During excavations conducted by the Israeli Antiquities Authority in the city of David in the national park surrounding the walls of Jerusalem, a small fragment of a stone tablet with an inscription that was seemingly used for economic purposes, a receipt of some sort, was discovered. The tablet dates back to the early Roman or late Hasmonean rule in Israel.
About seven lines of the inscription have been preserved in fragments, in which a number of letters and fragments of Hebrew names have been identified, along with numbers. Thus, for example, in one line the end of the common Hebrew name "Shimon", and in other lines there are several numerals.
Found:— Yisrael Medad (@ymedad) May 17, 2023
A financial record from 2,000 years ago was uncovered on the Pilgrimage Road in the City of David–Jerusalem's main thoroughfare during the Second Temple period
The small stone tablet, engraved with letters and numbers, was in an area considered a bustling commercial area. pic.twitter.com/UDa8d1ztaj
In an article recently published in the journal "Atiqot" by Nachshon Zanton, director of the excavation from the Antiquities Authority, and his research partner Prof. Esther Eshel of theBar-Ilan University, it was noted that so far the research has recorded four more similar Hebrew inscriptions, in Jerusalem and Beit Shemesh, indicating names and numbers inscribed on top of similar stone tablets, they are also from the Roman period, but this is the first inscription that has been uncovered to this day within the boundaries of the city of Jerusalem.
According to the researchers, "The inscription was engraved with a sharp tool on a soft limestone slab. The stone slab was originally used, apparently, as a cover slab for an ossuary, a small stone coffin, an item that was common in Jerusalem and Judea in the early Roman period between 37 BC to 70 AD. For the most part, ossuaries are usually found in graves outside the city, but there is also their presence within the city limits - perhaps as part of a local maker's house or a shop that sold them."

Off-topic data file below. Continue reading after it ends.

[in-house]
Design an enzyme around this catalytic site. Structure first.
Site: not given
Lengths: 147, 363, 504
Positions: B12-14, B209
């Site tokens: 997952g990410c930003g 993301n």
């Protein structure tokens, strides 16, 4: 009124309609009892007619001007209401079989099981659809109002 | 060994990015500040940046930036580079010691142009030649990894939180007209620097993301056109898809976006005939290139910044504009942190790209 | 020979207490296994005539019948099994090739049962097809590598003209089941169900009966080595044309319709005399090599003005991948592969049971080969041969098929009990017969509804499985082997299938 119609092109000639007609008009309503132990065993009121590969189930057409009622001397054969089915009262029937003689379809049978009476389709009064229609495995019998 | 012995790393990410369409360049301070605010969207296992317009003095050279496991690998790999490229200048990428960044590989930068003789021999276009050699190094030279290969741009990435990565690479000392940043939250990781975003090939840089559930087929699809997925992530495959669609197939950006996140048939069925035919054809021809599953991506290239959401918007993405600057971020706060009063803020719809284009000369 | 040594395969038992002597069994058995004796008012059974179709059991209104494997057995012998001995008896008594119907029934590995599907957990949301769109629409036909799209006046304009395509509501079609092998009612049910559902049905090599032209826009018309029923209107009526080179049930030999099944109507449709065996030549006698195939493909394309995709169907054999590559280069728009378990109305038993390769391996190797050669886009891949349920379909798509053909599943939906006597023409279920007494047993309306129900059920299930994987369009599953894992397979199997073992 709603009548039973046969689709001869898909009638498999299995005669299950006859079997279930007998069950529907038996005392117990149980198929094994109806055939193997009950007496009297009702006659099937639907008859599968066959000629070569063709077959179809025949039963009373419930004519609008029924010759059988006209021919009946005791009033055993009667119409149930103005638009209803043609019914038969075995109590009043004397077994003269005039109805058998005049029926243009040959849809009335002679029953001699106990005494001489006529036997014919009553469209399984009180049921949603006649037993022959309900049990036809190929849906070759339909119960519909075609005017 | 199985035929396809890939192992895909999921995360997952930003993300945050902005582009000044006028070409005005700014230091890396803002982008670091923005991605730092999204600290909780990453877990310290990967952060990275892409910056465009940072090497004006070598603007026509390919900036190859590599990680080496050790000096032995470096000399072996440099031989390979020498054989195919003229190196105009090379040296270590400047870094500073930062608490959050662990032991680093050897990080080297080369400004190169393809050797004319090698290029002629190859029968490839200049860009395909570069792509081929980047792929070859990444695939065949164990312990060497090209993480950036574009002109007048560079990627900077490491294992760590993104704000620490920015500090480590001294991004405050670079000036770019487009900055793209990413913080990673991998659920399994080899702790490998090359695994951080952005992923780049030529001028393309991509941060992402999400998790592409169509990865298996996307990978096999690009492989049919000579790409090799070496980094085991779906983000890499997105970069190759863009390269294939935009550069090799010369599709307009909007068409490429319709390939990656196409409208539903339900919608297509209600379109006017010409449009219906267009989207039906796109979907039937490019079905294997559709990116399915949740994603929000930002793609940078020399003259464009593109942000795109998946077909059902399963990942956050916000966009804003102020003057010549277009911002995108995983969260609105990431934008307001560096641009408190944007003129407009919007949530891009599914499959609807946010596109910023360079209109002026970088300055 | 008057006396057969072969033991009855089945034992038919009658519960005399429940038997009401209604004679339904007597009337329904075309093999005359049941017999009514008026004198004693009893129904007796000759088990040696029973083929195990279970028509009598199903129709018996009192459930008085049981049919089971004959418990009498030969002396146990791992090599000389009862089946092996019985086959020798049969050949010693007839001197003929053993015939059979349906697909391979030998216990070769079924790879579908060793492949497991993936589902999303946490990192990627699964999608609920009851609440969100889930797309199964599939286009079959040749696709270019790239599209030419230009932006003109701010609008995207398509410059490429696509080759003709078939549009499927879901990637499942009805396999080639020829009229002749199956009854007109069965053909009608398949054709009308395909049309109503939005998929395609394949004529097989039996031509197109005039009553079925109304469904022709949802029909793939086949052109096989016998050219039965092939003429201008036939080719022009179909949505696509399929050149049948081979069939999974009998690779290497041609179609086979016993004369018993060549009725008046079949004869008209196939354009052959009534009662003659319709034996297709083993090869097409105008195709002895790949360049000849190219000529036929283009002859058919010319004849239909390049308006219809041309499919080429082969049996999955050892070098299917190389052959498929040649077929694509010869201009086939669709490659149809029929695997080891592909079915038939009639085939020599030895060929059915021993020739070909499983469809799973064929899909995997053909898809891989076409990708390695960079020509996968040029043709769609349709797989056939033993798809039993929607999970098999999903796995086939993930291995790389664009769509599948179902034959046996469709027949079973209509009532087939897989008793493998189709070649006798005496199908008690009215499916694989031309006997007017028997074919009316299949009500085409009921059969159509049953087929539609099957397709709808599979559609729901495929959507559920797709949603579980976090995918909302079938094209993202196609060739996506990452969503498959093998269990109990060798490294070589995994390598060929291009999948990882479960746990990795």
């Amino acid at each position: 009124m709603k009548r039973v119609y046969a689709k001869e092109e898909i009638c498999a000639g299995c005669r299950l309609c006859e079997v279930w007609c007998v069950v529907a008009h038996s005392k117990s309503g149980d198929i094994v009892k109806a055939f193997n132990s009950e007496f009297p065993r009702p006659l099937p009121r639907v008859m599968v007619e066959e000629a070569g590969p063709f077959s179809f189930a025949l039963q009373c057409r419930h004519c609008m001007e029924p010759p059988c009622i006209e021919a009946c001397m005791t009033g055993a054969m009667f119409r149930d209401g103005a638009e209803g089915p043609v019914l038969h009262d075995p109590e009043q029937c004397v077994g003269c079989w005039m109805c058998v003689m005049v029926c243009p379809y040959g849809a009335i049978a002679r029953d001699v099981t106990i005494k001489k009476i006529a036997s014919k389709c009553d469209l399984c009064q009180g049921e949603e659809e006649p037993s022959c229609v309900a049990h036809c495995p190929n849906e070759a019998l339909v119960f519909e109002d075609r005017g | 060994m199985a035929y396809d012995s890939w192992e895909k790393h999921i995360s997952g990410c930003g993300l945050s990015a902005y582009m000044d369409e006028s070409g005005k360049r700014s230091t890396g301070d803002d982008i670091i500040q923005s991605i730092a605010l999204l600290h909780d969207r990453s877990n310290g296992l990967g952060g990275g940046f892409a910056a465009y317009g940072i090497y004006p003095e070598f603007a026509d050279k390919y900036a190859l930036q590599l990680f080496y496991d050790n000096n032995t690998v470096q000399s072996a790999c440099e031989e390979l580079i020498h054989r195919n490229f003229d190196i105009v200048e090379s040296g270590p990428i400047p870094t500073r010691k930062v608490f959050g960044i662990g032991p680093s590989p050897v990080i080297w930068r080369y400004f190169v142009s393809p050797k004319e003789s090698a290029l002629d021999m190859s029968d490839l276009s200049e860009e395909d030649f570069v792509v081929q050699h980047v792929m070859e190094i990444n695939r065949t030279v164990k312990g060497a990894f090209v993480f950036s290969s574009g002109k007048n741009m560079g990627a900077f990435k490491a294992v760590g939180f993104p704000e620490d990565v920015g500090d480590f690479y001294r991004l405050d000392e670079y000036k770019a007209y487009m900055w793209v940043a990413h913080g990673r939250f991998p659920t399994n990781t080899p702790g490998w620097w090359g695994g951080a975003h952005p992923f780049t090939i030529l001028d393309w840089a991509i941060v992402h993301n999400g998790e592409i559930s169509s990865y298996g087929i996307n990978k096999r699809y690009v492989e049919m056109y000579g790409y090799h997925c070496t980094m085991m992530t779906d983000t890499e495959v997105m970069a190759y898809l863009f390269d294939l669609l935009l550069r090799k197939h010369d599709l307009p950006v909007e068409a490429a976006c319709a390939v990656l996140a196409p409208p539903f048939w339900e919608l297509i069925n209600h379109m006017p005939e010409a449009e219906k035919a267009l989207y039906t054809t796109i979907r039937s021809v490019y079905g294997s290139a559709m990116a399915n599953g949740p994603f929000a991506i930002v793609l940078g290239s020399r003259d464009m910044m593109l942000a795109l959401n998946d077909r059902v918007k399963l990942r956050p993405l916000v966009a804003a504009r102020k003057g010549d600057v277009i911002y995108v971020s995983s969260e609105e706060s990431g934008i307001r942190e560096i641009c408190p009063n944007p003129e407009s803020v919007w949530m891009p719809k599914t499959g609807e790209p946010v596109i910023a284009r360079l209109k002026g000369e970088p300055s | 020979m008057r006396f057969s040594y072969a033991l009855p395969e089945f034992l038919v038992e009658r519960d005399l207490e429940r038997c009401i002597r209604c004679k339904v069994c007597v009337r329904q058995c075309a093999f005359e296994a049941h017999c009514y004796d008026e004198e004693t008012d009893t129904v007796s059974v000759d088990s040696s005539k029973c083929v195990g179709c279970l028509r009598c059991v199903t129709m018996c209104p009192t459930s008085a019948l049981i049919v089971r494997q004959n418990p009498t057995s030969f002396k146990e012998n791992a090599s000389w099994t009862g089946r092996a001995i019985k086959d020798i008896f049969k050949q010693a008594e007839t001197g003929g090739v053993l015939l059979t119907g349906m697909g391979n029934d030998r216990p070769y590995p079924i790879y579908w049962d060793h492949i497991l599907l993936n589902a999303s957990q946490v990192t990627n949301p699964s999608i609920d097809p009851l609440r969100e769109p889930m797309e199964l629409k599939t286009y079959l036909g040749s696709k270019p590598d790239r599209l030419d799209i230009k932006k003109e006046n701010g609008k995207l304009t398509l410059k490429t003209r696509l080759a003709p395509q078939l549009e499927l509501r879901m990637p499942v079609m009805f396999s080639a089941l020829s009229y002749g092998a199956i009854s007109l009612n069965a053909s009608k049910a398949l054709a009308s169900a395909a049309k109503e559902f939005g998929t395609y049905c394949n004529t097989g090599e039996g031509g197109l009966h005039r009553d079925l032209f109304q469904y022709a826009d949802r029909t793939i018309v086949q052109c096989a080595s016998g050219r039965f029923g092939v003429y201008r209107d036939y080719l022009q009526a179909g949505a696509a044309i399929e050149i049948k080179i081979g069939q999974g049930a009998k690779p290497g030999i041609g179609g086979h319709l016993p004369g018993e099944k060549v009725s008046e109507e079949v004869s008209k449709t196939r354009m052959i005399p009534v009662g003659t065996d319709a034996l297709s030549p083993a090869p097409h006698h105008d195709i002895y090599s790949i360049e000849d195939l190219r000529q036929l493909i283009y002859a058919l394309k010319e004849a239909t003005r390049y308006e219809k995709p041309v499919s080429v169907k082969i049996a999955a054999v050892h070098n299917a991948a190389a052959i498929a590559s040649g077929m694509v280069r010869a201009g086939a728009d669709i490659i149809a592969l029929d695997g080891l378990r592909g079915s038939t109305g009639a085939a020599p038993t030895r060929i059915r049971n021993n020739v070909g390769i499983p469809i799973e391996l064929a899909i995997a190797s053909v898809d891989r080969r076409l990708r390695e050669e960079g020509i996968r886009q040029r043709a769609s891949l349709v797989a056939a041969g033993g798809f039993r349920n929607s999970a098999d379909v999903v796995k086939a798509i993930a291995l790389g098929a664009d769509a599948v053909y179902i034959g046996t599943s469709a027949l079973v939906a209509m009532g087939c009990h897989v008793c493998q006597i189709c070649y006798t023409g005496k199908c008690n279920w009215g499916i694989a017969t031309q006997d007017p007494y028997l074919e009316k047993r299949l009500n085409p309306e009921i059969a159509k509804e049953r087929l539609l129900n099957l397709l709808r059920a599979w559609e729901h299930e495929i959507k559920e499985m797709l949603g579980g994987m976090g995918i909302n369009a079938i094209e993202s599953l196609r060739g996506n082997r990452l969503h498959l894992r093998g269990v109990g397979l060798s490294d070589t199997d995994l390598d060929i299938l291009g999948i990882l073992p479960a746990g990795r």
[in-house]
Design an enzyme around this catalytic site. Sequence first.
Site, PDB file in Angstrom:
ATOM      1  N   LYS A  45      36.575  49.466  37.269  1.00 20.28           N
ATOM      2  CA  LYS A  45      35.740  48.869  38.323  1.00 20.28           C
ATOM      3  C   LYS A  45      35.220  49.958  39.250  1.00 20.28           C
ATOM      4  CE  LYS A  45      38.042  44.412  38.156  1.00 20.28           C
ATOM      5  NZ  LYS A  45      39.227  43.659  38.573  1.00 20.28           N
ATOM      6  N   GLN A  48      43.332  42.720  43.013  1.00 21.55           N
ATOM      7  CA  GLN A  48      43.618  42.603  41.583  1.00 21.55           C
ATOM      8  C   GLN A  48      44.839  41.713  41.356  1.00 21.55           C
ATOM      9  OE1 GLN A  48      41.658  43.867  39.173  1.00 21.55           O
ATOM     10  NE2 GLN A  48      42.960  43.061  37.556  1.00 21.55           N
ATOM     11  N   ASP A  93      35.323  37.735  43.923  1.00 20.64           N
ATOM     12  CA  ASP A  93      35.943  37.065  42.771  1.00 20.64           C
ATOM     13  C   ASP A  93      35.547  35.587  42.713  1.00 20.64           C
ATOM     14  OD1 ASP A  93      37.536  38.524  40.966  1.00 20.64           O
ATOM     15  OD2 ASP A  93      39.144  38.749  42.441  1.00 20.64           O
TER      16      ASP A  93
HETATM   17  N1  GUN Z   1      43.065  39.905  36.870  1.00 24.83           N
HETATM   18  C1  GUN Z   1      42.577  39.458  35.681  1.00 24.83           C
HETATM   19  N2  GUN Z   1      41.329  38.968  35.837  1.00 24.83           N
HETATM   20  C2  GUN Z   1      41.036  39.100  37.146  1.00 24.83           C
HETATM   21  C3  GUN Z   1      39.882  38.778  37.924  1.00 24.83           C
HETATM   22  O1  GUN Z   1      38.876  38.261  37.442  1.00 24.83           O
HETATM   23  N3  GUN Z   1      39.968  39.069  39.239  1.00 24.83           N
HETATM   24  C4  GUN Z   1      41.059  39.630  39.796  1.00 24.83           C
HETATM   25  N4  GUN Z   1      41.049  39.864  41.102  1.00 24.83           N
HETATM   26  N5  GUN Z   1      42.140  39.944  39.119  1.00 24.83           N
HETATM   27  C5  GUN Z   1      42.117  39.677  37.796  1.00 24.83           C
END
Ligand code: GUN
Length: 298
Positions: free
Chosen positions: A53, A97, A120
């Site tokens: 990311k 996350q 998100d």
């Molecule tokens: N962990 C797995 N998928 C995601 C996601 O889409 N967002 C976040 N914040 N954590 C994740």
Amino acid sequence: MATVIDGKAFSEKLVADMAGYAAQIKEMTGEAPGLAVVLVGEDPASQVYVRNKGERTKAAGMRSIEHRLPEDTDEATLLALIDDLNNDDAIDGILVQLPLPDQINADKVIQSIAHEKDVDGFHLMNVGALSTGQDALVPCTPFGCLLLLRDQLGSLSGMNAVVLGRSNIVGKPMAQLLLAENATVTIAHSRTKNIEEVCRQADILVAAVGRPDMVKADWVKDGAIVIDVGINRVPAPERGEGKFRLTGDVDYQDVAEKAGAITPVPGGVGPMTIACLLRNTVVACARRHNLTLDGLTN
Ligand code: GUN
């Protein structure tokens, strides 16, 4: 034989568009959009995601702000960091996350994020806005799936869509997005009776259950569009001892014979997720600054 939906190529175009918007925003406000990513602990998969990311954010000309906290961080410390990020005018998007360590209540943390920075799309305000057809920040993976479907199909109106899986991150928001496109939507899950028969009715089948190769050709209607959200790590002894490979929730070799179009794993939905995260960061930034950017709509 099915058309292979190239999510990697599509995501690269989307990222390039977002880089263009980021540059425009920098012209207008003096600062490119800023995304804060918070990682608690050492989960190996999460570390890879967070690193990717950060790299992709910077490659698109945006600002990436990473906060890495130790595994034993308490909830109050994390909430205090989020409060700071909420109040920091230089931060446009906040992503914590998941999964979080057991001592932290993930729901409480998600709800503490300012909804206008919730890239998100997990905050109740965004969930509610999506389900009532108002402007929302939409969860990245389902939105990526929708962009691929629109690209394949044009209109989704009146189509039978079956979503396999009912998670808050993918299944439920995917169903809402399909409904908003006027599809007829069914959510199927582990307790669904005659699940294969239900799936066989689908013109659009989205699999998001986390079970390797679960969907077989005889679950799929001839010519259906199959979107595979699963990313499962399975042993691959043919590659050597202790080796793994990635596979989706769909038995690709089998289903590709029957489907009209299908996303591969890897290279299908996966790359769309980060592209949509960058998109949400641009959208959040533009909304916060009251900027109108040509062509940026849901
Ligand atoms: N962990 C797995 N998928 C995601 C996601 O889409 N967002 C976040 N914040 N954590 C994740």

The Minister of Heritage, Rabbi Amichai Eliyahu, said: "The special discovery on the way of the pilgrims in Jerusalem reveals another part of the essence of Jewish life in the city already 2,000 years ago. The unique excavations of the Antiquities Authority at the site position the City of David as an international historical center of the Jewish people. The Ministry of Heritage will continue to operate to strengthen and promote the national heritage at all levels."
The director of the Antiquities Authority, Eli Escocido, commented on the discovery of the find and said: "The Pilgrim's Road that is being uncovered these days in the City of David National Park in Jerusalem is one of the flagship excavations currently managed by the Antiquities Authority, and it is no coincidence that the many find that are discovered as part of the excavation shed light on the centrality of this road even in the days of The Second Temple. Every find like this helps us in understanding the entire space and enables a deeper understanding of the role of the street in the lives of the residents of Jerusalem 2000 years ago."